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Dead Ringer brings out character singers in Stevenson

Chemainus Theatre the venue for Canadian debut of new show
Zachary Stevenson is a huge fan favourite at the Chemainus Theatre and is thrilled to be back in town again for Dead Ringer. (Photo by Don Bodger)

Being a dead ringer for some legendary singers made Zachary Stevenson’s latest project a no-brainer.

Stevenson puts his immense talents into the limelight for Dead Ringer that opens Friday at the Chemainus Theatre and runs until Nov. 13. He mimics the personalities and looks of classic artists as well as performing their music in his usual electrifying fashion.

All of them also happen to be dead, giving the catchy title a double meaning. All of them are dead, that is, with the exception of Jerry Lee Lewis, whose music is part of Stevenson’s show along with Hank Williams, Buddy Holly, Phil Ochs, Wilbert Harrison and Fred Lincoln (Link) Wray Jr. Ochs and Wray may be the less familiar names of the bunch to most people, but were also legendary performers in their time.

Stevenson is a huge fan favourite in Chemainus so the three-week show promises to sell out quickly. He has roots on the island, with family still living in Parksville, Nanoose Bay and Victoria, and always looks forward to “coming home” to Chemainus.

“It’s really nice,” said Stevenson. “People have been very kind to me here over the years.”

He’s performed at the Chemainus Theatre many times in the Buddy Holly Story (twice), Million Dollar Quartet and Ring of Fire as well as at the theatre’s Playbill Dining Room during the pandemic for the Playbill Presents ….. series.

Stevenson is a young man who just turned 40 in January but with a heart for music locked into the golden eras of the 1950s and ’60s.

He will be backed by an impressive band for Dead Ringer that includes: Brad Shipley (guitar), Kraig Waye (bass) and Patrick Allen (drums).

Regular collaborations with Chemainus Theatre artistic director Mark DuMez led to this being the Canadian debut of the show. During the dark days of the pandemic when they were discussing what might come next, “I told him I was developing this idea and he liked the concept,” Stevenson indicated.

It actually has roots dating back to Stevenson’s time at UVic when he did a performance on folk singer Ochs as a graduation project.

“That was my first obsession where I combined my acting with music,” Stevenson pointed out.

“I just wanted to take that on the road. It kind of has had a chain reaction ever since.”

With Stevenson often been told he has a likeness to certain musicians and others, he started playing the part and grabbed a captive audience in other shows and now he’s ready to debut this one.

“There’s a trickle-down to my personal life,” he said. “The idea for the show has been growing slowly.”

Unlike his initial school project way back when, “this time it’s going to be a little more fleshed out,” Stevenson indicated. “I’ve got some of my favourite musicians working with me this time. I’m really excited about it. It’s great to do in the hometown, the island.”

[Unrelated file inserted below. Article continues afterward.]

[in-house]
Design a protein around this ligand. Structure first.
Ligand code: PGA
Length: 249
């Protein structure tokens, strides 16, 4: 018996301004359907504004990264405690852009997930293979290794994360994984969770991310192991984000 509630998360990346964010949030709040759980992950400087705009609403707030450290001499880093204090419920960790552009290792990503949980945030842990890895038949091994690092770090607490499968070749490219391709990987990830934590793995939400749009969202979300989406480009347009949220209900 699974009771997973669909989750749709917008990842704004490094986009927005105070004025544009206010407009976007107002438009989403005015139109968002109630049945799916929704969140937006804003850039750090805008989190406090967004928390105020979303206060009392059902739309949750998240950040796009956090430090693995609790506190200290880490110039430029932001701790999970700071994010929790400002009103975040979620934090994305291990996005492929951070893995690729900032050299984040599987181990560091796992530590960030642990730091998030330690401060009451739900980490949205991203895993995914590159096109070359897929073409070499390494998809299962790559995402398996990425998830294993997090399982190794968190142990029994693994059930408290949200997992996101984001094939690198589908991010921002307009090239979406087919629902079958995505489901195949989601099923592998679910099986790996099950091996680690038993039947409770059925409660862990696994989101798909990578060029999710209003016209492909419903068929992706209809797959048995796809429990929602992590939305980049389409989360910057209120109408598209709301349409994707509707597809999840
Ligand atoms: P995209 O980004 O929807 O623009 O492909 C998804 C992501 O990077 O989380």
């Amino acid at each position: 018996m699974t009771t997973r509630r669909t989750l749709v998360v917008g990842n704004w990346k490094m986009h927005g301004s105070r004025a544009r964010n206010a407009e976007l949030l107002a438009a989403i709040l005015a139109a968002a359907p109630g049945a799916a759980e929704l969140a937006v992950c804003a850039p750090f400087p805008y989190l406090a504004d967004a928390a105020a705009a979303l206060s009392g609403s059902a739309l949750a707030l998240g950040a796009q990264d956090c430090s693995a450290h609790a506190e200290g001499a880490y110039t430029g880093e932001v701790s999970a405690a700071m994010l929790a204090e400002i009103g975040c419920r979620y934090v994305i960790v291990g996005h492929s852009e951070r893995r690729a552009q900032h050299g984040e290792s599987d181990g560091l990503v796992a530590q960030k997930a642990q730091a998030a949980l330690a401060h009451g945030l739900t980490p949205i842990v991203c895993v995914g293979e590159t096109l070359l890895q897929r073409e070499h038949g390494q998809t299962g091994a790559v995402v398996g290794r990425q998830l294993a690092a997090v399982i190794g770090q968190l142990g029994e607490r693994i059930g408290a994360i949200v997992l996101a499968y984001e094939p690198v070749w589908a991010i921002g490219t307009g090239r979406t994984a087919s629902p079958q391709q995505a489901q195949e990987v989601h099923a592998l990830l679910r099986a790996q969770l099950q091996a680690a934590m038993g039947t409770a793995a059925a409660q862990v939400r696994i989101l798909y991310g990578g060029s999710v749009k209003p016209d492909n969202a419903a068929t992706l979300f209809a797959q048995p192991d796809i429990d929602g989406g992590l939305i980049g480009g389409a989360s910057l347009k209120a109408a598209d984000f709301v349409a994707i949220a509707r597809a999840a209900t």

“We’ve done a long working relationship,” said DuMez. “This is his show, Zach’s bringing in. We’re excited. Zach’s got a great reputation on the island. I’m looking forward to the Phil Ochs set actually. And we’ve got some fine players in this band that are well-known to Chemainus audiences.”

The great part about this show for Stevenson is the improvisation.

“I think every show is different,” he said. “Because it’s a concert experience, I’m not locked into a script. Every audience is going to bring their own energy and I will respond in kind.”

Stevenson has become a household name across the country.

“I’ve now played in every province, but there’s no place like home,” he confided. “Whenever I get back to the island, I feel my shoulders drop a little bit.”

Stevenson has also become a big hit south of the border, especially in Chicago where he spent the bulk of 2018 doing Buddy: The Buddy Holly Story. The show with Oh Boys bandmates Shaun Whitey and Kieran McCabe played to constant sell-out performances and won five Chicago Theatre Awards, including Best Lead Performance by Stevenson.

With so many people expressing how Stevenson reminds them of different people – even Chris Isaak and Clark Kent – life imitates art for him, not the other way around.

It’s all sure to spawn other projects for Stevenson and the Chemainus Theatre will always be front and centre in whatever transpires.

“It’s always an evolution, that’s what’s fun about it,” he acknowledged.

Christine Reimer is the featured artist in the theatre’s gallery and gift shop for this show.


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Zachary Stevenson kicks up his heels outside the Chemainus Theatre. (Photo by Don Bodger)
Zachary Stevenson stands out against the Chemainus murals on his return to town. (Photo by Don Bodger)
Life imitates art for Zachary Stevenson in his roles. (Photo by Don Bodger)

Don Bodger

About the Author: Don Bodger

I've been a part of the newspaper industry since 1980 when I began on a part-time basis covering sports for the Ladysmith-Chemainus Chronicle.
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